Fashion isn't cool when cold can freeze fingers, nose, ears, burn expert says
With arctic blasts moving in, time to closet trendy clothes and cover up to avoid frostbite. Drawstring casual pants, shorts, baseball caps and flip flops, even with socks, are obvious "no-no's." But what about other usual gear?
The popular half-gloves that leave fingers uncovered for texting may be good for communicating electronically, but they may also lead to permanent loss of fingers caused by exposure to the cold.
"Fingers are one of the first body parts to feel the effects of the cold and damp, and along with toes, ears and the nose, are frequently subjected to frostbite and even amputation," said Arthur Sanford, MD, division of trauma, surgical critical care and burns, Loyola University Health System. "Better to fat-finger a text due to winter gloves than to lose a finger due to the cold."
Frostbite is most likely to happen in body parts farthest from the heart and those with large exposed areas. "Blood vessels start to constrict at or below 90 degrees Fahrenheit to preserve body temperature," Sanford said. "The lack of blood in these areas of the body can lead to freezing and the death of skin tissue."
Sanford said he treats frostbite in people of all ages. "The young man who insists on wearing tennis shoes that get soggy and freeze. The teenaged girl with cotton leggings. The younger person who goes on a drinking bender and walks home in the snow and damp is also a familiar sight at Loyola trauma," he said. "The senior citizen who goes out in the snow to get her mail, falls, breaks a hip and lies in the cold and wet until being discovered is a typical victim of frostbite and what most people imagine."
Here are winter wellness tips from Dr. Sanford and Loyola:
- Dress in layers. "If a sweater, pair of socks or other article of clothing gets wet, you can quickly remove it and still be protected from the cold and wet," he said.
- Wear a hat, gloves or mittens and proper footwear, including socks and boots. "Texting gloves may look cool and be handy for communicating or may show off your polished nails, but it is better to wear full gloves or mittens and save your fingers," Sanford said. "And cover your ears and the top of your head with a snug hat."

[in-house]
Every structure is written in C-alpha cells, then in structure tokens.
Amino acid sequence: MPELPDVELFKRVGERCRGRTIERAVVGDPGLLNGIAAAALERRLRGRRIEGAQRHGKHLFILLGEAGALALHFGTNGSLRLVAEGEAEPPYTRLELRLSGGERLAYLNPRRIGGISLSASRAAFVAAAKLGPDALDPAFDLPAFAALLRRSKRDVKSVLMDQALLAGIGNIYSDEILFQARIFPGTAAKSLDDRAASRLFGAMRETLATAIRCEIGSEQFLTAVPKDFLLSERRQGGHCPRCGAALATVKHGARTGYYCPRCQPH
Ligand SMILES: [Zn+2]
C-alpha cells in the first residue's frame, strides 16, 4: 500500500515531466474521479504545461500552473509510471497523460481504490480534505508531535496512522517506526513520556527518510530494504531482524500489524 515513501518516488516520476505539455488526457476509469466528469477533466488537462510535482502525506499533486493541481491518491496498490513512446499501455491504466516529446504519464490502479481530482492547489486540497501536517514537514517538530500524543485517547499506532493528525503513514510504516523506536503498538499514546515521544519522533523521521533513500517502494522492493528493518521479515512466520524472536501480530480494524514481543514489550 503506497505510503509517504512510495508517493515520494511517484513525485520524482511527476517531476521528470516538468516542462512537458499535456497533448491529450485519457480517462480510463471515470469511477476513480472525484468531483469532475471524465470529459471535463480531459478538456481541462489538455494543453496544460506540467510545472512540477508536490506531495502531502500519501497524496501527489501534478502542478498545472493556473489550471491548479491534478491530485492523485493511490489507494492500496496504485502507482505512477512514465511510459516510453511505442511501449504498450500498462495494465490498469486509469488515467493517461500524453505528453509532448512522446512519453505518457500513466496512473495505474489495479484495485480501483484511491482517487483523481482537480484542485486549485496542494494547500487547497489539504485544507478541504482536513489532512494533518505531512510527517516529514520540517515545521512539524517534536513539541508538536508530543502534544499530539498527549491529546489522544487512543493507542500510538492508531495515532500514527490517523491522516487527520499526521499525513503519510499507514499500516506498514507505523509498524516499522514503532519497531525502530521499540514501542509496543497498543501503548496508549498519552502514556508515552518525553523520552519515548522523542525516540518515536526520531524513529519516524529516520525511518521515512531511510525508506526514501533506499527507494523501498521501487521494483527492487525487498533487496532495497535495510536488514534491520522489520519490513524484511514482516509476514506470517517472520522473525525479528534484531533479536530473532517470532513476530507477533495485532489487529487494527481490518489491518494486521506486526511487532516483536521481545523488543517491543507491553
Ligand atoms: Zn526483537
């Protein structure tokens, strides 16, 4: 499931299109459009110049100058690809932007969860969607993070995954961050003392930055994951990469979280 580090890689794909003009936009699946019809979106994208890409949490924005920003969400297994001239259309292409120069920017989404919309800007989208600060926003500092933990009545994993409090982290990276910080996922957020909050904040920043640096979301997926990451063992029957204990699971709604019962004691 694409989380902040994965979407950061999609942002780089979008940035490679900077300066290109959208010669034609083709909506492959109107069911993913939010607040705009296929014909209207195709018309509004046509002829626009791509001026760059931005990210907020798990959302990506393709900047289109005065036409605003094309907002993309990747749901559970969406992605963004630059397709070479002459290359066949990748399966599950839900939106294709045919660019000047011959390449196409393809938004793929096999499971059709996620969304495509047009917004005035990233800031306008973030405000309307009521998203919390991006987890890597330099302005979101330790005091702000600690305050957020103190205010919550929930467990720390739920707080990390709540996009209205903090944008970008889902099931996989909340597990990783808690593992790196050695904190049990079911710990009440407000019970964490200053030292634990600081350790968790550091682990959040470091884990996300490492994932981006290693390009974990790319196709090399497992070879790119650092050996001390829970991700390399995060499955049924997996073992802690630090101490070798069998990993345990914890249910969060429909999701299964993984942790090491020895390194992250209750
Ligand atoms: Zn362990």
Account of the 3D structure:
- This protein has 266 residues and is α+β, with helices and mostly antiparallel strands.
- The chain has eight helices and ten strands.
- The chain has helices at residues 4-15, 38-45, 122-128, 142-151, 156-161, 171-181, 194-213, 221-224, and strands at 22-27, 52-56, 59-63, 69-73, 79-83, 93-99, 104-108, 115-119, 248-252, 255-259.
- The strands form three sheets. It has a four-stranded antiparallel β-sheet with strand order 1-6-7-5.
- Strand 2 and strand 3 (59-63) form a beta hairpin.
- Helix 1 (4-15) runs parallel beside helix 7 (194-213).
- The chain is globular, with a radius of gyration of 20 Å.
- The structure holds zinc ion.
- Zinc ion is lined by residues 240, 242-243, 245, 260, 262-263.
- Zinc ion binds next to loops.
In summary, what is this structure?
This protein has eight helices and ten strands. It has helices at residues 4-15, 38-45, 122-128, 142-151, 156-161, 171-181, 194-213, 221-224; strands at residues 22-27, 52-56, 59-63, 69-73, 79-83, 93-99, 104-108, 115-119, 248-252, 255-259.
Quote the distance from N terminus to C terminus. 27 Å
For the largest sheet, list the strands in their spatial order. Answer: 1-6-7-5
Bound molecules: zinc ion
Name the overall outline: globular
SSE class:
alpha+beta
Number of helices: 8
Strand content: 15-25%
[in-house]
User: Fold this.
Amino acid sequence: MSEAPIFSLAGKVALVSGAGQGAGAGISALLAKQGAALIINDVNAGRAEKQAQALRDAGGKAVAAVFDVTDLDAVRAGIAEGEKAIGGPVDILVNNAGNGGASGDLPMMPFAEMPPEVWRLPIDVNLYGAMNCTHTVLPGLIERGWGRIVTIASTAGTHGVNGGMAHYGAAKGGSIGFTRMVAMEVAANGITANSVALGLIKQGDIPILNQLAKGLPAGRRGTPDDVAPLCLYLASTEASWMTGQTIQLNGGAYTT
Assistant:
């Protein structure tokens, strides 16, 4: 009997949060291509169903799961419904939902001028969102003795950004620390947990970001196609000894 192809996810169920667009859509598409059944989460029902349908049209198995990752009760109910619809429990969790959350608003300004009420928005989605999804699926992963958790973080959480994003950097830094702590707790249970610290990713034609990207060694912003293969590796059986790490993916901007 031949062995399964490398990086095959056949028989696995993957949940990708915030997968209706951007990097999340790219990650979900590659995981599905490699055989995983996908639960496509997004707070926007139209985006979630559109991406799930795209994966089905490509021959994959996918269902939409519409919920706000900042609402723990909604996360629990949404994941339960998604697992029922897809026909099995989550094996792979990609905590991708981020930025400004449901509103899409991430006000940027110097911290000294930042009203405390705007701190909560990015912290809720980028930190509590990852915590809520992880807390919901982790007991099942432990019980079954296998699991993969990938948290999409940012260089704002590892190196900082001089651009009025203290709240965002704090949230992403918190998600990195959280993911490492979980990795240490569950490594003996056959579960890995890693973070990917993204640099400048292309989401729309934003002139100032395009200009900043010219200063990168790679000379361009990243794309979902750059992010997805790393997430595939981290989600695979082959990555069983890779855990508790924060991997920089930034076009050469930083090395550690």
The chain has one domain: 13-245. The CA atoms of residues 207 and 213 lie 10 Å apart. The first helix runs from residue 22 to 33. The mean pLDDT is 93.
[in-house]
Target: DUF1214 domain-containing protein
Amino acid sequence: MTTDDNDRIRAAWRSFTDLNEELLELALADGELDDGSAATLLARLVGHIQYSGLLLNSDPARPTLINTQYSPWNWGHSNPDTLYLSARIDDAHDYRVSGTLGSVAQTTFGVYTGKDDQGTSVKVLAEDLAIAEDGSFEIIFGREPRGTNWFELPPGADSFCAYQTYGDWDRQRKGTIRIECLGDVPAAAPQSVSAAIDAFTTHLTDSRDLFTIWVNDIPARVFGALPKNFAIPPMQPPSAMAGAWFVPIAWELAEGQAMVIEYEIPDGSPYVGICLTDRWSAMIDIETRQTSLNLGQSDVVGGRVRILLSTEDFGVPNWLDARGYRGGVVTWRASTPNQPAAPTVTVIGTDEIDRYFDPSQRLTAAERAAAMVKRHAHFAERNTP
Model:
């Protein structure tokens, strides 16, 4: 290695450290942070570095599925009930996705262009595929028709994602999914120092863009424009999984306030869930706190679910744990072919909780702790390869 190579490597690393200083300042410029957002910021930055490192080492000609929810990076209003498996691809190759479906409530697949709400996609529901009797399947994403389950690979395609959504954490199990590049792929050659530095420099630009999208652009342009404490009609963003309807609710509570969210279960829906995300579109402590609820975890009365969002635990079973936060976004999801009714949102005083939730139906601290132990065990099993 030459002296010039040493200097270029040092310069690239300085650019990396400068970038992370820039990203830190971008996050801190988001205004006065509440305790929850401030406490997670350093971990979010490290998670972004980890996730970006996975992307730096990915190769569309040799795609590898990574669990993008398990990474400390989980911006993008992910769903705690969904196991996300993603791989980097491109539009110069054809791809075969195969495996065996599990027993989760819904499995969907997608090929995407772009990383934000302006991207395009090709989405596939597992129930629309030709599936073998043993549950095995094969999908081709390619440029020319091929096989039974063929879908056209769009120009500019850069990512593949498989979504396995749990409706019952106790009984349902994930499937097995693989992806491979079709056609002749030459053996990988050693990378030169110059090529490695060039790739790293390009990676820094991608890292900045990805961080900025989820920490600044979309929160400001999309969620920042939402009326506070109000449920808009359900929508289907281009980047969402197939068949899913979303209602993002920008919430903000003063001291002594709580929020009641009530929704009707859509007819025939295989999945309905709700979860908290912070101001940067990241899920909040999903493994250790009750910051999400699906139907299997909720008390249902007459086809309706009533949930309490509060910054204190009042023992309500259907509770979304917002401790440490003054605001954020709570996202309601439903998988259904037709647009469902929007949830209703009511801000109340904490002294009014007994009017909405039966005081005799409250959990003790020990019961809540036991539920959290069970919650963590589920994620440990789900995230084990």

- Stay dry. "Wet socks are especially dangerous and can lead to a condition called trench foot, which results in poor blood circulation, tissue decay, infections and even amputation," he said.
- When suffering from prolonged exposure to cold, use room temperature or slightly warm water to gently revitalize the body. "Do not use hot water, do not rub with handfuls of snow and do not vigorously massage the frozen area," Sanford warned. Overstimulation can actually worsen the situation.
- If the affected area becomes numb, turns red or blue, swells or feels hot, go to the Emergency Department."An emergency physician will assess the tissue and take the proper steps to save the body part," Sanford said.
- The historically cold and snowy winter in 2014 saw an increase in frostbite cases at Loyola. " 'Frostbite in January, operate in July,' is a common mantra here at Loyola," Sanford said. "Bundling up for winter may take you out of media circulation temporarily or flatten your hair, but better that than to permanently lose the ability to text or the tips of your ears due to frostbite."